MY MOTHER SAID I NEVER SHOULD
I wanted to acknowledge the debt that my generation owes to past generations of women; "feminism" is too often presented as a preoccupation of university educated women in their twenties or thirties. I learned my "feminism" from the kind of women who invest their energy, often their whole lives, in other people. The behaviour of mothers shapes a nation as much as governments or wars do; so I would call this play 'political'.
I set the play across this century because we have witnessed such enormous changes in opportunities for women between each generation - although many of the desires and stresses for women remain unchanged.. a woman's relationship with her mother, that strange bond of love and jealousy, has a lifelong and unavoidable influence. I have jumbled chronology because this is not a play about memory, but about the other emotional inheritance which impinges on our daily decisions...the child remains inside the woman, often shouting what the adult refuses to hear; these girls are serious, and out of the public eye they are not 'good'.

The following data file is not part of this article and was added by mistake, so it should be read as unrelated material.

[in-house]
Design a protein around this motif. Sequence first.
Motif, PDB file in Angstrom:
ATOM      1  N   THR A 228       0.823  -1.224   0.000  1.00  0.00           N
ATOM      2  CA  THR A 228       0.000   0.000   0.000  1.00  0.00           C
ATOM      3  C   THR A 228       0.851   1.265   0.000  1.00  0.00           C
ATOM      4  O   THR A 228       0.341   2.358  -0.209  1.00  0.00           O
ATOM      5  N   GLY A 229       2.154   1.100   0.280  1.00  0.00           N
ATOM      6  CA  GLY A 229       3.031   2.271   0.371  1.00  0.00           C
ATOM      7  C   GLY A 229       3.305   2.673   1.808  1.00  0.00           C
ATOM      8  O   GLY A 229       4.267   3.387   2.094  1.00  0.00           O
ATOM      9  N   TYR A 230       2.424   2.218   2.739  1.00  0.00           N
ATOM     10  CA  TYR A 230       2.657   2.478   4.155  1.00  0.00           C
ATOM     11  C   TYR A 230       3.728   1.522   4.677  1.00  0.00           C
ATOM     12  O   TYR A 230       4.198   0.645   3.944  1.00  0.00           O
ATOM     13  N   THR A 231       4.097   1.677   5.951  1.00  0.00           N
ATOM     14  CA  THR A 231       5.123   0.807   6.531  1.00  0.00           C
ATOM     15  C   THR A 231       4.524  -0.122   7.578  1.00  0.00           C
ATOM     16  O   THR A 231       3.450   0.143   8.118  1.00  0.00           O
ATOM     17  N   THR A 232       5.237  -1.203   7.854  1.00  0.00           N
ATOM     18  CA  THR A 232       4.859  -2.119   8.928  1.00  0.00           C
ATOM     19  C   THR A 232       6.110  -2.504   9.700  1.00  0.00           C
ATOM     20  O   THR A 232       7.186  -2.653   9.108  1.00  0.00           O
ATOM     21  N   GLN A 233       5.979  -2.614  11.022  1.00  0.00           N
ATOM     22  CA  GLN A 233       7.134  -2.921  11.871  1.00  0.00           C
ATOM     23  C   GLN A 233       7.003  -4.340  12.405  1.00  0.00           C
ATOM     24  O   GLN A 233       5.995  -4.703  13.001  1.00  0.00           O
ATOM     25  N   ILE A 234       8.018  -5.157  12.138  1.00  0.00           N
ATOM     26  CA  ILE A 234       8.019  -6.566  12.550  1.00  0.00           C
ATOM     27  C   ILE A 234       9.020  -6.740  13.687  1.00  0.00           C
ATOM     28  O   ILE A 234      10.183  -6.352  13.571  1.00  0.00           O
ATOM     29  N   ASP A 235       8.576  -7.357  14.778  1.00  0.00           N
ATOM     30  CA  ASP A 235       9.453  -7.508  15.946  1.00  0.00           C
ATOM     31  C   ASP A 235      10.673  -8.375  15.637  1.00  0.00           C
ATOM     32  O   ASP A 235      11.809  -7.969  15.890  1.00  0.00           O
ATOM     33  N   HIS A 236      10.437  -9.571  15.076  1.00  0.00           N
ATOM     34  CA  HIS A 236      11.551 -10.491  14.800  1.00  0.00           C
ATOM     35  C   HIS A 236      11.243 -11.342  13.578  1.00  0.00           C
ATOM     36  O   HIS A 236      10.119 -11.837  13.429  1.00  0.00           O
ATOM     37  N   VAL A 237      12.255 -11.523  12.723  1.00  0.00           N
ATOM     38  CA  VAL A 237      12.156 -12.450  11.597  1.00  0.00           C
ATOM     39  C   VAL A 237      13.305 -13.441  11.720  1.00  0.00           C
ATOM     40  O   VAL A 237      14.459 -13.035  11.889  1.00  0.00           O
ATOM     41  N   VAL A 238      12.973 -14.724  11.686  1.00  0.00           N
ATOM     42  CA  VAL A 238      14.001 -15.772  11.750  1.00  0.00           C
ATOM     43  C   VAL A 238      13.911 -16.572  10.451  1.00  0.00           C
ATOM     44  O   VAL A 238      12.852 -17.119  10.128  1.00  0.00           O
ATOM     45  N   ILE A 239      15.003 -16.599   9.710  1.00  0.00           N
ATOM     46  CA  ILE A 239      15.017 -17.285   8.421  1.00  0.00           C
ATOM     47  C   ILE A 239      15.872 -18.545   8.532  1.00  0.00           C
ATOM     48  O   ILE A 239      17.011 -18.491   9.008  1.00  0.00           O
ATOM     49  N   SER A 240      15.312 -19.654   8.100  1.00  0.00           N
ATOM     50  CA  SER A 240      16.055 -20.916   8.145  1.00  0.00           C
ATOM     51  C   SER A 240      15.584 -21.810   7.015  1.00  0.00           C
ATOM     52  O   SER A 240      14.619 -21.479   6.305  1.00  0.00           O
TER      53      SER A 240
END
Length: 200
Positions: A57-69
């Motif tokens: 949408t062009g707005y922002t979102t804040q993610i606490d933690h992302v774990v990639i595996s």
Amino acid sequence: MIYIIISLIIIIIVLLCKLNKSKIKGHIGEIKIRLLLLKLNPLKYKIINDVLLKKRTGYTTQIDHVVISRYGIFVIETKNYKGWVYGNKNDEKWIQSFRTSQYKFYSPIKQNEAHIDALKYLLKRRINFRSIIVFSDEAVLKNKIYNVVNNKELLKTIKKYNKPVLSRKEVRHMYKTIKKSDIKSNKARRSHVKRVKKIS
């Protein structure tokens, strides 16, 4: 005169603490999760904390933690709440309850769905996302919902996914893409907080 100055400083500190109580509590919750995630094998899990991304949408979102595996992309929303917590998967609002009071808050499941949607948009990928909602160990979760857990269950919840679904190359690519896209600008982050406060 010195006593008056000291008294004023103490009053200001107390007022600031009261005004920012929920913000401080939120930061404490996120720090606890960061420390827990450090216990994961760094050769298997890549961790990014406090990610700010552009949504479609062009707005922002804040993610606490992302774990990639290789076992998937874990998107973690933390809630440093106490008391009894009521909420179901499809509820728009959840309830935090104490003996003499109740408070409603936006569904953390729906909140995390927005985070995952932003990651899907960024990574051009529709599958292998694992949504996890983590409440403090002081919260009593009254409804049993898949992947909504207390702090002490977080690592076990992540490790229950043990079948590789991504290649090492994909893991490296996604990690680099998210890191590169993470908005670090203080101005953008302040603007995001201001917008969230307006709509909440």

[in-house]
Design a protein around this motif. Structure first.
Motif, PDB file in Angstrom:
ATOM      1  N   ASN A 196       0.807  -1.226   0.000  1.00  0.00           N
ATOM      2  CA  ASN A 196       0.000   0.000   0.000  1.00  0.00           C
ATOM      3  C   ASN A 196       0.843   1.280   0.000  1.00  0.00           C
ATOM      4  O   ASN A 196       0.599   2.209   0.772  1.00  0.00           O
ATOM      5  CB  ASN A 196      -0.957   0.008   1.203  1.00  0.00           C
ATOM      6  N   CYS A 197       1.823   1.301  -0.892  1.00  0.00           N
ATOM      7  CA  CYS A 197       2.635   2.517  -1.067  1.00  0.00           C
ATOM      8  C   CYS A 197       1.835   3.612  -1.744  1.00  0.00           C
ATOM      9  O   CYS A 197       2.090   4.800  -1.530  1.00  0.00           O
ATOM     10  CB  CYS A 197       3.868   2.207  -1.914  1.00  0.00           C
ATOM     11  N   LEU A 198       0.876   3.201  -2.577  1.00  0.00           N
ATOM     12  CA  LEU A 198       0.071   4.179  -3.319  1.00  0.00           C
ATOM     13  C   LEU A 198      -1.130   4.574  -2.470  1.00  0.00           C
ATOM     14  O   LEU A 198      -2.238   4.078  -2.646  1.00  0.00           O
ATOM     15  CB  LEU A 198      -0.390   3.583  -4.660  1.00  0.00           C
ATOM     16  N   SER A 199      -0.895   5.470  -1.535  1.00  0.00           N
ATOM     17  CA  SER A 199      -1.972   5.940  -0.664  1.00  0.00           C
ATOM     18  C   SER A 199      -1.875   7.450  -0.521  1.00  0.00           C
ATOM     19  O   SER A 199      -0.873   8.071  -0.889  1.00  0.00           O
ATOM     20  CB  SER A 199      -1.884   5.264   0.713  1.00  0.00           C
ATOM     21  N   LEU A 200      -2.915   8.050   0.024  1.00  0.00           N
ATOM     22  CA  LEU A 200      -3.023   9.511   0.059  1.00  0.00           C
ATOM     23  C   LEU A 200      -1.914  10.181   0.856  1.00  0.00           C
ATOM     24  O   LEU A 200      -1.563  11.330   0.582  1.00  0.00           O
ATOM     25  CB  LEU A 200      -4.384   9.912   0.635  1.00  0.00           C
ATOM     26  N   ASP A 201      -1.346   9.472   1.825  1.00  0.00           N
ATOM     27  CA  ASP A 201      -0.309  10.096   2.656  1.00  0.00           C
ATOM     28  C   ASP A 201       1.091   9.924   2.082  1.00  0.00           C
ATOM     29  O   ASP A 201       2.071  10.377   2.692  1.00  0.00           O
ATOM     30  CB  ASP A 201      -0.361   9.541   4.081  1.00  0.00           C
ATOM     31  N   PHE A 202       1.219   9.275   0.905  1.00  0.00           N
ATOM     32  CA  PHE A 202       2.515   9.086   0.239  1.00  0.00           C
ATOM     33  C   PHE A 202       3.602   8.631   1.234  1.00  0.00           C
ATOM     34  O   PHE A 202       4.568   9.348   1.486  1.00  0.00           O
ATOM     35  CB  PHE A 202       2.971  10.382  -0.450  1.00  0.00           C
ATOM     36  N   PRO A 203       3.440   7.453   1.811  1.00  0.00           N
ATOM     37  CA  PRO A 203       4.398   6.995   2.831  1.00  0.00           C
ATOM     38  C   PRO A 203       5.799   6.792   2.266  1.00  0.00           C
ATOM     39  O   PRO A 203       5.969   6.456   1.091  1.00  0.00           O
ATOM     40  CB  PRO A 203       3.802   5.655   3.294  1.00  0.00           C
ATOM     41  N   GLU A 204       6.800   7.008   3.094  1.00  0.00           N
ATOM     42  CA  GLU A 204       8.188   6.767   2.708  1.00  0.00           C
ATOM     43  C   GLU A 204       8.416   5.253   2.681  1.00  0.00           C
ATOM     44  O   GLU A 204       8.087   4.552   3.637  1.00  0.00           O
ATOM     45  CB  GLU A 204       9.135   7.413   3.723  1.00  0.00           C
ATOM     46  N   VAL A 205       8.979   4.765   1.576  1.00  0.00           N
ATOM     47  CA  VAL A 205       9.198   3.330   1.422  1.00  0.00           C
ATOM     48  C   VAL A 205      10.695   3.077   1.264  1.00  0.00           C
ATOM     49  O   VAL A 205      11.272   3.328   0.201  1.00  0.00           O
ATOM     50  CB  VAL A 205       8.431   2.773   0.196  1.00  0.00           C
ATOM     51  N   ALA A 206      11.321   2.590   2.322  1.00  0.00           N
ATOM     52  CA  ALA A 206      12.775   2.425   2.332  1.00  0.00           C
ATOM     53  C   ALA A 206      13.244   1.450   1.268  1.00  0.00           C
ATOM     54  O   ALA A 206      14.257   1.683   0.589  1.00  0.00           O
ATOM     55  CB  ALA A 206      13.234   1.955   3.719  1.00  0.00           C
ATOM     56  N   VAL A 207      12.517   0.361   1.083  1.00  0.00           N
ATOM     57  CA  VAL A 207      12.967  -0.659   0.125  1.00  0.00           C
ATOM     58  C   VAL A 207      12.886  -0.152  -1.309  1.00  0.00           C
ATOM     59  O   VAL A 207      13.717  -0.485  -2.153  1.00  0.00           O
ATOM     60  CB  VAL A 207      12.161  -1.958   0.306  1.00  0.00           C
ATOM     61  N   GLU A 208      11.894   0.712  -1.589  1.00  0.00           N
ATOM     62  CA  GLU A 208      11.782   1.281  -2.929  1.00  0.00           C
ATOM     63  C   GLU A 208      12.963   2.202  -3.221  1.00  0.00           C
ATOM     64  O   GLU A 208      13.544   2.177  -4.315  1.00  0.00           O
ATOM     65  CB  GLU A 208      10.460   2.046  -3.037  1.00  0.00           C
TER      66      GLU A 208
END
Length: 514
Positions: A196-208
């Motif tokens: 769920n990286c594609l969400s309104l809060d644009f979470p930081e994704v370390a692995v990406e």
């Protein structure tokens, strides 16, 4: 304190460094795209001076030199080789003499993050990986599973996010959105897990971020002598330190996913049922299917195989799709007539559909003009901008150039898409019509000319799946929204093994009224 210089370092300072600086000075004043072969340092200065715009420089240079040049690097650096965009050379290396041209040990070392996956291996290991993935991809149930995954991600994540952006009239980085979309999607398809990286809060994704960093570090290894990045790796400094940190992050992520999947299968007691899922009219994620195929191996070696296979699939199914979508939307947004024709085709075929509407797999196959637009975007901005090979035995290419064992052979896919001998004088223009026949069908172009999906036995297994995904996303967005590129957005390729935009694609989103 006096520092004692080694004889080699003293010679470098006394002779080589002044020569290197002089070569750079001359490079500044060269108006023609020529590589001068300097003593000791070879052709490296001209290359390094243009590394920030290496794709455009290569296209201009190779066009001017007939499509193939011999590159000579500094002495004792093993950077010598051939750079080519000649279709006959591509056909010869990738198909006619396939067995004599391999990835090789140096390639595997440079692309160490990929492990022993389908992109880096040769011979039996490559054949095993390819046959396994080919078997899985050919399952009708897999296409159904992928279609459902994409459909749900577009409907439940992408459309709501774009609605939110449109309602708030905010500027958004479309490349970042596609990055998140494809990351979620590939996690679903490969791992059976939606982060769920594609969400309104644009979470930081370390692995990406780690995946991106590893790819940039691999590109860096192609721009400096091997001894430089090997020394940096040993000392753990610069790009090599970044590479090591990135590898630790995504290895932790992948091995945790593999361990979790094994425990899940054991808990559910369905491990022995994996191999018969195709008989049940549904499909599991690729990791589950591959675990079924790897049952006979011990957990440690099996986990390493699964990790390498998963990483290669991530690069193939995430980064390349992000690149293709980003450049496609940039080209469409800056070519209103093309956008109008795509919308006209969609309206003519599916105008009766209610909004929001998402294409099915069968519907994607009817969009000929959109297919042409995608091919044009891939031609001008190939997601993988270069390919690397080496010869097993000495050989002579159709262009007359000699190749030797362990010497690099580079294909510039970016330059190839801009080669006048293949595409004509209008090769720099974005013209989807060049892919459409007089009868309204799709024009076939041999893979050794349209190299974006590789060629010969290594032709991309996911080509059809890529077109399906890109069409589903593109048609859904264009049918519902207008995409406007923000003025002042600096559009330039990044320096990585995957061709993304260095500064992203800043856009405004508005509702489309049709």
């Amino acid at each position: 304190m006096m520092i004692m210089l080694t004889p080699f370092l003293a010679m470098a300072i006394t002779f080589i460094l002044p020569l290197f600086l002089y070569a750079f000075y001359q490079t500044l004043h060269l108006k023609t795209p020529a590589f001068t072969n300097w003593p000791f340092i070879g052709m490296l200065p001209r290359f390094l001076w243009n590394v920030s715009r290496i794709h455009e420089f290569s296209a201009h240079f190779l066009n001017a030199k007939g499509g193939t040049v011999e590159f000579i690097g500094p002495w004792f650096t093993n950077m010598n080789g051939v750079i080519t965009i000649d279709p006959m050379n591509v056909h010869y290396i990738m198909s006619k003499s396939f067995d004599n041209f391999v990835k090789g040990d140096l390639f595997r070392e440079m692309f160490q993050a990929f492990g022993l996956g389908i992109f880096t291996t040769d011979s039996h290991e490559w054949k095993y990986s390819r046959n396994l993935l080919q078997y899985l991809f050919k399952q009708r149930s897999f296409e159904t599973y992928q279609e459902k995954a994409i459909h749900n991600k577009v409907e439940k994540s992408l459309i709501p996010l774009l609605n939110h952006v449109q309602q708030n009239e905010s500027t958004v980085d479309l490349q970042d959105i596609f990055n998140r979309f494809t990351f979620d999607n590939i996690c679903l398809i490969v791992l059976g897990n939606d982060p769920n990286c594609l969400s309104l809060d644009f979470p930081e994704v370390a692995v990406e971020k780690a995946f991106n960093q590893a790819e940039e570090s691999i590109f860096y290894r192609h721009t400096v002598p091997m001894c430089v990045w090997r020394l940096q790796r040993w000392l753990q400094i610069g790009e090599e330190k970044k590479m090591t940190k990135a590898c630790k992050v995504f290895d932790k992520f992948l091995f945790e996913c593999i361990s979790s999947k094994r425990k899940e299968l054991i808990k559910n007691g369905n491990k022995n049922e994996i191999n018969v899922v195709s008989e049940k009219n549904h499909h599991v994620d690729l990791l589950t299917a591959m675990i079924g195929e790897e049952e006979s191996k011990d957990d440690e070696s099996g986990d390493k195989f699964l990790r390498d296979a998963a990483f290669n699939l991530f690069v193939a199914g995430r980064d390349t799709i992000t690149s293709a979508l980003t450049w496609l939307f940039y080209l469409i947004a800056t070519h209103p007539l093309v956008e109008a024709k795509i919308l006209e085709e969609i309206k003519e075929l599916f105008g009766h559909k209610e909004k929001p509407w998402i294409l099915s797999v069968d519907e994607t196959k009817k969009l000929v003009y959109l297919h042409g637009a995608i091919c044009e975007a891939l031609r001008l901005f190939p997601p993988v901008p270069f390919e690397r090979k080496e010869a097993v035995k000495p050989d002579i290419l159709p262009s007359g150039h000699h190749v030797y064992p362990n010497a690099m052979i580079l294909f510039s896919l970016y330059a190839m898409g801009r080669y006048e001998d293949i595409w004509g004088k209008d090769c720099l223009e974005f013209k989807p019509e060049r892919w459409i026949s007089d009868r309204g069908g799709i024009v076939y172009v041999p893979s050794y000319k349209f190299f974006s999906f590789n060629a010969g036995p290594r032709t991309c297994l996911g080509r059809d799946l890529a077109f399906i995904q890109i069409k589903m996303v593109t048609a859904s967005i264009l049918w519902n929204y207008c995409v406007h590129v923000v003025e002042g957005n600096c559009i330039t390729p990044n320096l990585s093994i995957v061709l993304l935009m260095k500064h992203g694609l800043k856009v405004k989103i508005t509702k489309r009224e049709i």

Doris Partington - Stacey Granger
Margaret Bradley - Rachel Critchley
Jackie Metcalfe - Sasha Brooman
Rosie Metcalfe - Rebecca Griggs
Directed by Sarah Willis